[Page 255]


1 LONG have I look'd my tablets o'er,
2 And find I've much to thank you for,
3 Out-standing debts beyond account;
4 And new who knows to what amount?
5 Tho' small my wealth, not small my soul,
6 Come then, at once I'll pay the whole.
7 Ye Powers! I'm rich, and will command
8 The host of slaves that round me stand;
9 Come, Indian, quick disclose thy store,
10 And hither bring Peruvian ore;
11 Let yonder negroe pierce the main,
12 The choicest, largest pearl to gain;
13 Let all my slaves their arts combine
14 To make the blushing ruby mine,
15 From eastern thrones the diamonds bear
16 To sparkle at her breast and ear.
17 Swift, Scythian, point th' unerring dart
18 That strikes the Ermine's little heart,
19 And search for choicest furs the globe,
20 To make my MYRTILIS a robe.
21 Ah, no: Yon Indian will not go,
22 No Scythian deigns to bend his bow.
[Page 256]
23 No sullen Negroe shoots the flood,
24 How, slaves! Or am I understood!
25 All, all, my empty power disown,
26 I turn, and find myself alone;
27 'Tis Fancy's vain illusion all,
28 Nor Moor nor Scythian waits my call.
29 Call I command, can I consign?
30 Alas, what earthly thing is mine!
31 Come then, my Muse, companion dear
32 Of poverty, and soul sincere,
33 Come dictate to my grateful mind
34 A gift that may acceptance find;
35 Come, gentle Muse, and with thee bear
36 An offering worthy thee and her;
37 And tho' thy presents be but poor,
38 My MYRTILIS will ask no more.
39 An heart that scorns a shameful thing,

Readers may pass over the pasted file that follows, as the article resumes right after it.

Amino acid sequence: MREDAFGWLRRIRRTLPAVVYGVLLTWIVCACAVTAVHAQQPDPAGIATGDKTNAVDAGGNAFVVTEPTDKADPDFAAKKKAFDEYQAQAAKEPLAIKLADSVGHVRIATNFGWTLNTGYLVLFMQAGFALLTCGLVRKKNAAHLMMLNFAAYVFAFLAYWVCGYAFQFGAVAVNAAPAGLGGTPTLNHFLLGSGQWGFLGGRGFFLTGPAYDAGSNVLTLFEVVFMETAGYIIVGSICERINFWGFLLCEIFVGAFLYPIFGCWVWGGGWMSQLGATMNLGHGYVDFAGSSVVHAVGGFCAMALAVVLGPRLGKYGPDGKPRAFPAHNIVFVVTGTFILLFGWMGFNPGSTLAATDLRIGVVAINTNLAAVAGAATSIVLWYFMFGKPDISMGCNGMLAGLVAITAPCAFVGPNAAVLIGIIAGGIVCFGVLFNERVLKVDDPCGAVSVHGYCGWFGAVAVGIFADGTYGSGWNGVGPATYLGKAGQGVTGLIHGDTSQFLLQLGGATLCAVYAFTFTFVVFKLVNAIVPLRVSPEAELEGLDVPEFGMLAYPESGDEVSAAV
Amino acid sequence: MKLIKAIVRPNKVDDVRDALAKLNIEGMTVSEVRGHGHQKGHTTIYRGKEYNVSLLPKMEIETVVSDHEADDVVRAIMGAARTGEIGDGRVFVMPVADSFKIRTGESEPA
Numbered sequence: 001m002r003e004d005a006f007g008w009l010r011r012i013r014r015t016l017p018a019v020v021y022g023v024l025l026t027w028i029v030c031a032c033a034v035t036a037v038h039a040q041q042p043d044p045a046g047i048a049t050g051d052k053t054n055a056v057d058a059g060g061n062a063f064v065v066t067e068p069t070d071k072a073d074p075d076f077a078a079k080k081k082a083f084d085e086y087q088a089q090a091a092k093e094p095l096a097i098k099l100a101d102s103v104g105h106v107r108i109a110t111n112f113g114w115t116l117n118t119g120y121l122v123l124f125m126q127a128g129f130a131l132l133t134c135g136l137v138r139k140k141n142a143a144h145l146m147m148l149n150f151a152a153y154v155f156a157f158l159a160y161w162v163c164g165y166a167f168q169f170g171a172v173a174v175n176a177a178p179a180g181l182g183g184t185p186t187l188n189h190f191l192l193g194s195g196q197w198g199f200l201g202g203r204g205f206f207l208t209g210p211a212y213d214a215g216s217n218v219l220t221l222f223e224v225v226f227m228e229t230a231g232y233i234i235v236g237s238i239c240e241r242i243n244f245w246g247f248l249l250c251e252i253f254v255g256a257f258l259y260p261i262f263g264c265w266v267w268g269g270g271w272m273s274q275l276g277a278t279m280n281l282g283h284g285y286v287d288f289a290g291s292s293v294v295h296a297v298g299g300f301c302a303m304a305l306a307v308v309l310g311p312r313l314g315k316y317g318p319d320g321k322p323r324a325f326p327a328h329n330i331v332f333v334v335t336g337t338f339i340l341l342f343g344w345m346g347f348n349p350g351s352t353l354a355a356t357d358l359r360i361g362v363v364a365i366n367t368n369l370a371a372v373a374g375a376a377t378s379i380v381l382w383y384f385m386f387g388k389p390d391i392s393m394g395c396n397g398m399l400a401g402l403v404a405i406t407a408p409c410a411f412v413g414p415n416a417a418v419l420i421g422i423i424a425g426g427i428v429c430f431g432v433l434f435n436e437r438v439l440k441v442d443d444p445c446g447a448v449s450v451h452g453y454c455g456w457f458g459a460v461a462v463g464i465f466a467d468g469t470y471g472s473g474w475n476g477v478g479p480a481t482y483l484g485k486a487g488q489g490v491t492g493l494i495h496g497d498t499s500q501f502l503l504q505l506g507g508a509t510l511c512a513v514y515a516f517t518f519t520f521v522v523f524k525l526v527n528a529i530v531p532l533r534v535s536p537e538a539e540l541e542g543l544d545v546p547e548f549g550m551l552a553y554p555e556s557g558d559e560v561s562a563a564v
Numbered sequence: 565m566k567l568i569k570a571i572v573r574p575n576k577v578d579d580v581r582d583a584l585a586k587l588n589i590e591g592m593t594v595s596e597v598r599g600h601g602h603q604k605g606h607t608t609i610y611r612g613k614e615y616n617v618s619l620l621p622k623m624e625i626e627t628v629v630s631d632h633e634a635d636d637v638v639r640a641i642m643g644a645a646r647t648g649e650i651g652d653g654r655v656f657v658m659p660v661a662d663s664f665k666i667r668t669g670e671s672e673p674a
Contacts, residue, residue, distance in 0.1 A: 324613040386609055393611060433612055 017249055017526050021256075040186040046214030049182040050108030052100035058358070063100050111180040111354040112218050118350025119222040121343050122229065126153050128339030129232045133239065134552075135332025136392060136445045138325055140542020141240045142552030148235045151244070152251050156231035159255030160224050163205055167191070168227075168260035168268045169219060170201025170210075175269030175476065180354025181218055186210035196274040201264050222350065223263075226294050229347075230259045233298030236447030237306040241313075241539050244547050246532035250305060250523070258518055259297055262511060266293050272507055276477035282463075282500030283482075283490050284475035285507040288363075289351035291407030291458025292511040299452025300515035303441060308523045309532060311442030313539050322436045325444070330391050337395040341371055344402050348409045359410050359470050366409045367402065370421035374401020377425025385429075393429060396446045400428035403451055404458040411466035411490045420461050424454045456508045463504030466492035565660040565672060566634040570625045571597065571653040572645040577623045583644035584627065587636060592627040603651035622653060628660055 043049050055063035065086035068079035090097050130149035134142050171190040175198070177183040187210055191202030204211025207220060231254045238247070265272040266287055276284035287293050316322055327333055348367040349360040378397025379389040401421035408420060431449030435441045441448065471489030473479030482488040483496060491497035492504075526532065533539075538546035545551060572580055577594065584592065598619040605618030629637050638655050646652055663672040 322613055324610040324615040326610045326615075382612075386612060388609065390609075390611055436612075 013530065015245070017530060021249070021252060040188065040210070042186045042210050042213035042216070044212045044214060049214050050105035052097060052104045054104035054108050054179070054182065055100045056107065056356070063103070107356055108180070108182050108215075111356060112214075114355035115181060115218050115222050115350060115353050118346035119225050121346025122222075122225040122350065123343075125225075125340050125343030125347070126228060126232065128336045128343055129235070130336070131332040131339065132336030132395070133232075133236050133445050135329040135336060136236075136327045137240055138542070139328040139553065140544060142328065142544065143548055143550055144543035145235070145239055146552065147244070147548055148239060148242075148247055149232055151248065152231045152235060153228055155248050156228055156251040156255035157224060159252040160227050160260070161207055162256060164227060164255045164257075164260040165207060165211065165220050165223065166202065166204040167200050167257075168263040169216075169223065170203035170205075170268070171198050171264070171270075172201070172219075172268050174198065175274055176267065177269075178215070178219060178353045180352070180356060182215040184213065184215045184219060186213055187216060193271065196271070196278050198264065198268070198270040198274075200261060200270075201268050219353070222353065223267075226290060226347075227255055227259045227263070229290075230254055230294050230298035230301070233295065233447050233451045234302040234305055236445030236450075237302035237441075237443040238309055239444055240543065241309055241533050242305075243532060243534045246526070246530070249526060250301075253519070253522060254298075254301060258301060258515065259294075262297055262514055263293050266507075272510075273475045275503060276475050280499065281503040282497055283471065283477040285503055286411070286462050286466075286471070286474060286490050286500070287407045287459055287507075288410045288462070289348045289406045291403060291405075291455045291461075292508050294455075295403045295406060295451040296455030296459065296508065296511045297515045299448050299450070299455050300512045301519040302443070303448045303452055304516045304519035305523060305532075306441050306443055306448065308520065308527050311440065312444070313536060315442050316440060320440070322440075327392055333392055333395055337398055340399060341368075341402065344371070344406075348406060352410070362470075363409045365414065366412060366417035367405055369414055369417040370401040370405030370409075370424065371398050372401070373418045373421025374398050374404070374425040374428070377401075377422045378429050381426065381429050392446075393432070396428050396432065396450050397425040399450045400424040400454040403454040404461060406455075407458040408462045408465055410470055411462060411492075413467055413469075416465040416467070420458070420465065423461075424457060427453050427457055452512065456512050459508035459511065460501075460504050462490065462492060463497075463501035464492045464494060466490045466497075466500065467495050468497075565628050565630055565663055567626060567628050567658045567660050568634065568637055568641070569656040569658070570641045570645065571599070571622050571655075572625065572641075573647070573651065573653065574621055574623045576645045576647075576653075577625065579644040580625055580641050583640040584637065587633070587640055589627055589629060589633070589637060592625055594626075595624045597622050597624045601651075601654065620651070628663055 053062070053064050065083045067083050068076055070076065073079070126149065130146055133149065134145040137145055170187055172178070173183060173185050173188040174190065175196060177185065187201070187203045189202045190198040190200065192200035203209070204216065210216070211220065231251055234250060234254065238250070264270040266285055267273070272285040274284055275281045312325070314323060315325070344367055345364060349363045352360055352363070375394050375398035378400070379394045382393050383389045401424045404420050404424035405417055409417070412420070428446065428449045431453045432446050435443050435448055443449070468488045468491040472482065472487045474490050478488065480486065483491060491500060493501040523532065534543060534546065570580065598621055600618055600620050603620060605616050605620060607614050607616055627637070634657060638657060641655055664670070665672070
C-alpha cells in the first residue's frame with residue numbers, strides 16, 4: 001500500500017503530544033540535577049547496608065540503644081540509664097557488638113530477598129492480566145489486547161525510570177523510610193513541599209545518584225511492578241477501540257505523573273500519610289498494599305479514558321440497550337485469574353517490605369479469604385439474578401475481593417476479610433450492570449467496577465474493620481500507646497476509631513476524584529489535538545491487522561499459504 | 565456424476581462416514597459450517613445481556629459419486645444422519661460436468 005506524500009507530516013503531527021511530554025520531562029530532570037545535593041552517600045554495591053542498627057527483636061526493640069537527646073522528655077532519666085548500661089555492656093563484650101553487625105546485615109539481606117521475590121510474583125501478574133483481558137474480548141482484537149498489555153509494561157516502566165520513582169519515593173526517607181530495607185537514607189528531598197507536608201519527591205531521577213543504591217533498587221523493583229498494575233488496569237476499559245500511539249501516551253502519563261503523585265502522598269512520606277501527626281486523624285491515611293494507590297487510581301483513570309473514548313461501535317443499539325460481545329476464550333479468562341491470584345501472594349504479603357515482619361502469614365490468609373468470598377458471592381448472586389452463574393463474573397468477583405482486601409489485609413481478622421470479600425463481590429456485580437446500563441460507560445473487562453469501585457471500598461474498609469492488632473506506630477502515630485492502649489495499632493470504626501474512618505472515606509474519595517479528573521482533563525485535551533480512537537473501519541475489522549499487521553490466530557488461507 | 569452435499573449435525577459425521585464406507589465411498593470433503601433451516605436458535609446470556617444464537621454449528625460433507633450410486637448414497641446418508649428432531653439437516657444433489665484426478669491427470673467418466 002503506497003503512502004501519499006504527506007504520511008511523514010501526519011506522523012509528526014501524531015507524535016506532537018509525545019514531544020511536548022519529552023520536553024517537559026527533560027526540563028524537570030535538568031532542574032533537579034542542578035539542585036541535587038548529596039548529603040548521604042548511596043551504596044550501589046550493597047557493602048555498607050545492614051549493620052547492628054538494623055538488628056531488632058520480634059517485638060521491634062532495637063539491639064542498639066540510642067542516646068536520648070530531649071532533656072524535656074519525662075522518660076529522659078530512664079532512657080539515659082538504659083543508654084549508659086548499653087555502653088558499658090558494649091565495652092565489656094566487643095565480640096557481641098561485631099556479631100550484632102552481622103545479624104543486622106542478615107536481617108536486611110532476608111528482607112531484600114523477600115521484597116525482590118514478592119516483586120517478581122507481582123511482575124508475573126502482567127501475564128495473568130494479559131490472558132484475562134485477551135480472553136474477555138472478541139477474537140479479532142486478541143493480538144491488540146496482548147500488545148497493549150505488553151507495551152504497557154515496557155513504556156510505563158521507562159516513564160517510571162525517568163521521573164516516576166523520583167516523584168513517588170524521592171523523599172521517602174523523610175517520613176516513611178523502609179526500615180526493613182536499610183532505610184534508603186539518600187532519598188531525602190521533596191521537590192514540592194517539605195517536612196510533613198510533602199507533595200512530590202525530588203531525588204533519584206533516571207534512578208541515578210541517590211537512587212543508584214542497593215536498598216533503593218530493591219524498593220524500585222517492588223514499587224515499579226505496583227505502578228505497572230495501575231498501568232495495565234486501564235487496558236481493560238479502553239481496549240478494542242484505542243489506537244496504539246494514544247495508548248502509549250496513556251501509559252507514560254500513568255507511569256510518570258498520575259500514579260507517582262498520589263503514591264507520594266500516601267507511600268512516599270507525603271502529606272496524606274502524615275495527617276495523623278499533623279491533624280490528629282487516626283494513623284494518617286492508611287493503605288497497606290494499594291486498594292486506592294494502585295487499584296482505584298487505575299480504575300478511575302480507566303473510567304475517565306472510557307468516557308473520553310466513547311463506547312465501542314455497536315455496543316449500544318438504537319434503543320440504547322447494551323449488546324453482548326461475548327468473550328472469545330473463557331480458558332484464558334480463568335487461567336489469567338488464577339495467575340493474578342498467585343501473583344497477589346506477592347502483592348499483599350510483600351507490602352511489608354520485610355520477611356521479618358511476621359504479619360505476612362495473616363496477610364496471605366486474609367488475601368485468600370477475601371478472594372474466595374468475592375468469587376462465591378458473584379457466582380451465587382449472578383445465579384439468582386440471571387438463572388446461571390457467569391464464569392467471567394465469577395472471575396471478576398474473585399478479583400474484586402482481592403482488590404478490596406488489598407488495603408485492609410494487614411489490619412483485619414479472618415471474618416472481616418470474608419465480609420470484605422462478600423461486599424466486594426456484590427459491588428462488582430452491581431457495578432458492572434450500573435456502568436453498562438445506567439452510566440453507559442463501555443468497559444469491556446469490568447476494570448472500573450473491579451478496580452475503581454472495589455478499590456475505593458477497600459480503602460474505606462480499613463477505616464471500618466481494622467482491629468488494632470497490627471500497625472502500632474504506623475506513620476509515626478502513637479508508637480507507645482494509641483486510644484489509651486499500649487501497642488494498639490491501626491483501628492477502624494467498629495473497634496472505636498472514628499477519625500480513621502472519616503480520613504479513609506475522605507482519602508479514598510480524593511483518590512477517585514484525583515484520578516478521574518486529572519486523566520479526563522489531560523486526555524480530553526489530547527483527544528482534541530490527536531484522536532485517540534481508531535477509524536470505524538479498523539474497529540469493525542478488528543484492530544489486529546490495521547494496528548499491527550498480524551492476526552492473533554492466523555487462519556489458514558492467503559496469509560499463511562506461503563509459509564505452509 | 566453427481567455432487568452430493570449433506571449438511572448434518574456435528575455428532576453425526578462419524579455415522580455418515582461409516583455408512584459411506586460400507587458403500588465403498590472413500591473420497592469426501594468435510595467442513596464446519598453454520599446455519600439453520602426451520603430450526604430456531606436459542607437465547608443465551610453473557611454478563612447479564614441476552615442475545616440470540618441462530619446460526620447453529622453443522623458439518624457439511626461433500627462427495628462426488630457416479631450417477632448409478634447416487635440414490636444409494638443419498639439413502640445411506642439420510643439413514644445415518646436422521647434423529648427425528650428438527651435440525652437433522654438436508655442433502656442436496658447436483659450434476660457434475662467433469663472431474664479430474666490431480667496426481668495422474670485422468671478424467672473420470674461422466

40 With love and verse, is all I bring;
41 Of love and verse the gift receive,
42 'Tis all thy servant has to give.
43 If all whate'er my verse has told,
44 Golconda's gems, and Afric's gold,
45 If all were mine from pole to pole,
46 How large her share who shares my soul?
47 But more than these may Heaven impart;
48 Be thine the treasures of the heart;
49 Be calm, and glad thy future days
50 With Virtue's peace, and Virtue's praise.
[Page 257]
51 Let jealous Pride, and sleepless Care,
52 And wasting Grief, and black Despair,
53 And languor chill, and Anguish fell,
54 For ever shun thy grove and cell;
55 There only may the happy train
56 Of Love, and Joy, and Peace, remain:
57 May Plenty, with exhaustless store,
58 Employ thy hand to feed the poor,
59 And ever on thy honour'd head
60 The prayer of Gratitude be shed.
61 A happy mother, may'st thou see
62 Thy smiling virtuous progeny,
63 Whose sportful tricks, and airy play,
64 Fraternal love, and prattle gay,
65 Or wonderous tale, or joyful song,
66 May lure the lingering hours along;
67 Till Death arrive, unselt, unseen,
68 With gentle pace, and placid mien,
69 And waft thee to that happy shore
70 Where wishes can have place no more.


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About this text

Title (in Source Edition): TO MYRTILIS. THE NEW YEAR'S OFFERING.
Author: Anonymous
Themes: poetry; literature; writing; friendship
Genres: epistle
References: DMI 32600

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Source edition

Pearch, G. A collection of poems in four volumes. By several hands. Vol. III. [The second edition]. London: printed for G. Pearch, 1770, pp. 255-257. 4v. ; 8⁰. (ESTC T116245; DMI 1136; OTA K093079.003) (Page images digitized from a copy in the Bodleian Library [(OC) 280 o.790].)

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The text has been typographically modernized, but without any silent modernization of spelling, capitalization, or punctuation. The source of the text is given and all editorial interventions have been recorded in textual notes. Based on the electronic text originally produced by the TCP project, this ECPA text has been edited to conform to the recommendations found in Level 5 of the Best Practices for TEI in Libraries version 4.0.0.